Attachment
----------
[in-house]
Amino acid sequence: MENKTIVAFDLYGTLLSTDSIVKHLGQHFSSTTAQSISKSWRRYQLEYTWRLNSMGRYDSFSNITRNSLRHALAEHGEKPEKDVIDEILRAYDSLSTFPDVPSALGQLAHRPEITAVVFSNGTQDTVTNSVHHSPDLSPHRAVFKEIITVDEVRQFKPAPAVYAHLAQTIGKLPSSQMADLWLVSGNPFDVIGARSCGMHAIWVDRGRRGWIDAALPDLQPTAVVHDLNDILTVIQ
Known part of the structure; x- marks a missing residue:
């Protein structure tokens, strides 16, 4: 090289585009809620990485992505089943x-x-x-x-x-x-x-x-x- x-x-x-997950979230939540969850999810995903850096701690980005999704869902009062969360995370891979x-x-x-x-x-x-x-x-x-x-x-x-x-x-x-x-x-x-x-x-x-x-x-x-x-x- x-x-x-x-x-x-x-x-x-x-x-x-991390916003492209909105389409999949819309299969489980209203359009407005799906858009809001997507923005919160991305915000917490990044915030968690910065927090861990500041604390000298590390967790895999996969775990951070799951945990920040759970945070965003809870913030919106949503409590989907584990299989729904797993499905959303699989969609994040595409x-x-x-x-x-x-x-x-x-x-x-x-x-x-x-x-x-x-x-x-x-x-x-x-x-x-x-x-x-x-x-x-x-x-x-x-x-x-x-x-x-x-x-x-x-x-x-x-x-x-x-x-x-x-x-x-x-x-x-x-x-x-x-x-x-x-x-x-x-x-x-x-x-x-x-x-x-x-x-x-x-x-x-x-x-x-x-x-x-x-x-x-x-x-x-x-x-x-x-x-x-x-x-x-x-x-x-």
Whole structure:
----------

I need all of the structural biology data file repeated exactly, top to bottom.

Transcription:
[in-house]
Amino acid sequence: MENKTIVAFDLYGTLLSTDSIVKHLGQHFSSTTAQSISKSWRRYQLEYTWRLNSMGRYDSFSNITRNSLRHALAEHGEKPEKDVIDEILRAYDSLSTFPDVPSALGQLAHRPEITAVVFSNGTQDTVTNSVHHSPDLSPHRAVFKEIITVDEVRQFKPAPAVYAHLAQTIGKLPSSQMADLWLVSGNPFDVIGARSCGMHAIWVDRGRRGWIDAALPDLQPTAVVHDLNDILTVIQ
Known part of the structure; x- marks a missing residue:
């Protein structure tokens, strides 16, 4: 090289585009809620990485992505089943x-x-x-x-x-x-x-x-x- x-x-x-997950979230939540969850999810995903850096701690980005999704869902009062969360995370891979x-x-x-x-x-x-x-x-x-x-x-x-x-x-x-x-x-x-x-x-x-x-x-x-x-x- x-x-x-x-x-x-x-x-x-x-x-x-991390916003492209909105389409999949819309299969489980209203359009407005799906858009809001997507923005919160991305915000917490990044915030968690910065927090861990500041604390000298590390967790895999996969775990951070799951945990920040759970945070965003809870913030919106949503409590989907584990299989729904797993499905959303699989969609994040595409x-x-x-x-x-x-x-x-x-x-x-x-x-x-x-x-x-x-x-x-x-x-x-x-x-x-x-x-x-x-x-x-x-x-x-x-x-x-x-x-x-x-x-x-x-x-x-x-x-x-x-x-x-x-x-x-x-x-x-x-x-x-x-x-x-x-x-x-x-x-x-x-x-x-x-x-x-x-x-x-x-x-x-x-x-x-x-x-x-x-x-x-x-x-x-x-x-x-x-x-x-x-x-x-x-x-x-």
Whole structure: